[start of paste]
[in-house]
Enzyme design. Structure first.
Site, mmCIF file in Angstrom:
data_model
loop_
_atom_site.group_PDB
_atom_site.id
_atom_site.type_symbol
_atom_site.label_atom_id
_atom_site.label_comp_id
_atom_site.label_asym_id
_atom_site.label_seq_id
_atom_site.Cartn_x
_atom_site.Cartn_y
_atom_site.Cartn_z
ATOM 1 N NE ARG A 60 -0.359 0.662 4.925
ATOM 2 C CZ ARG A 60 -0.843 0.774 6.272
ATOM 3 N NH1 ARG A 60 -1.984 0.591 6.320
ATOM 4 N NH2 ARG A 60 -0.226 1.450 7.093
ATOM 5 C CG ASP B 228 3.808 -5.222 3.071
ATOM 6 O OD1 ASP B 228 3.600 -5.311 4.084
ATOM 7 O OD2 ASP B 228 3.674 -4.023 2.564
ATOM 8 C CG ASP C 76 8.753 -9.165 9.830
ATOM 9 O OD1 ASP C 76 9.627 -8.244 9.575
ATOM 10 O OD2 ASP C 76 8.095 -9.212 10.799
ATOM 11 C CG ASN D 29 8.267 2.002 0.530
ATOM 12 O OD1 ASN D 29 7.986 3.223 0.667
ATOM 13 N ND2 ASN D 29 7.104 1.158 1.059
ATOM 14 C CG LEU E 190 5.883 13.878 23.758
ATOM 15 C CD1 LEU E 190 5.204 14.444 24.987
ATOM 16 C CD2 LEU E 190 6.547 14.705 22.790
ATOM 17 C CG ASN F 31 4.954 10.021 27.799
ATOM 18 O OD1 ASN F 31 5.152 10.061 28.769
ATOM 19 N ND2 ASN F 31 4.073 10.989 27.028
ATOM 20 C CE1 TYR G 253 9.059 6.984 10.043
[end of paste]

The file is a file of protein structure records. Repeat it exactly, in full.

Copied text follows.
[in-house]
Enzyme design. Structure first.
Site, mmCIF file in Angstrom:
data_model
loop_
_atom_site.group_PDB
_atom_site.id
_atom_site.type_symbol
_atom_site.label_atom_id
_atom_site.label_comp_id
_atom_site.label_asym_id
_atom_site.label_seq_id
_atom_site.Cartn_x
_atom_site.Cartn_y
_atom_site.Cartn_z
ATOM 1 N NE ARG A 60 -0.359 0.662 4.925
ATOM 2 C CZ ARG A 60 -0.843 0.774 6.272
ATOM 3 N NH1 ARG A 60 -1.984 0.591 6.320
ATOM 4 N NH2 ARG A 60 -0.226 1.450 7.093
ATOM 5 C CG ASP B 228 3.808 -5.222 3.071
ATOM 6 O OD1 ASP B 228 3.600 -5.311 4.084
ATOM 7 O OD2 ASP B 228 3.674 -4.023 2.564
ATOM 8 C CG ASP C 76 8.753 -9.165 9.830
ATOM 9 O OD1 ASP C 76 9.627 -8.244 9.575
ATOM 10 O OD2 ASP C 76 8.095 -9.212 10.799
ATOM 11 C CG ASN D 29 8.267 2.002 0.530
ATOM 12 O OD1 ASN D 29 7.986 3.223 0.667
ATOM 13 N ND2 ASN D 29 7.104 1.158 1.059
ATOM 14 C CG LEU E 190 5.883 13.878 23.758
ATOM 15 C CD1 LEU E 190 5.204 14.444 24.987
ATOM 16 C CD2 LEU E 190 6.547 14.705 22.790
ATOM 17 C CG ASN F 31 4.954 10.021 27.799
ATOM 18 O OD1 ASN F 31 5.152 10.061 28.769
ATOM 19 N ND2 ASN F 31 4.073 10.989 27.028
ATOM 20 C CE1 TYR G 253 9.059 6.984 10.043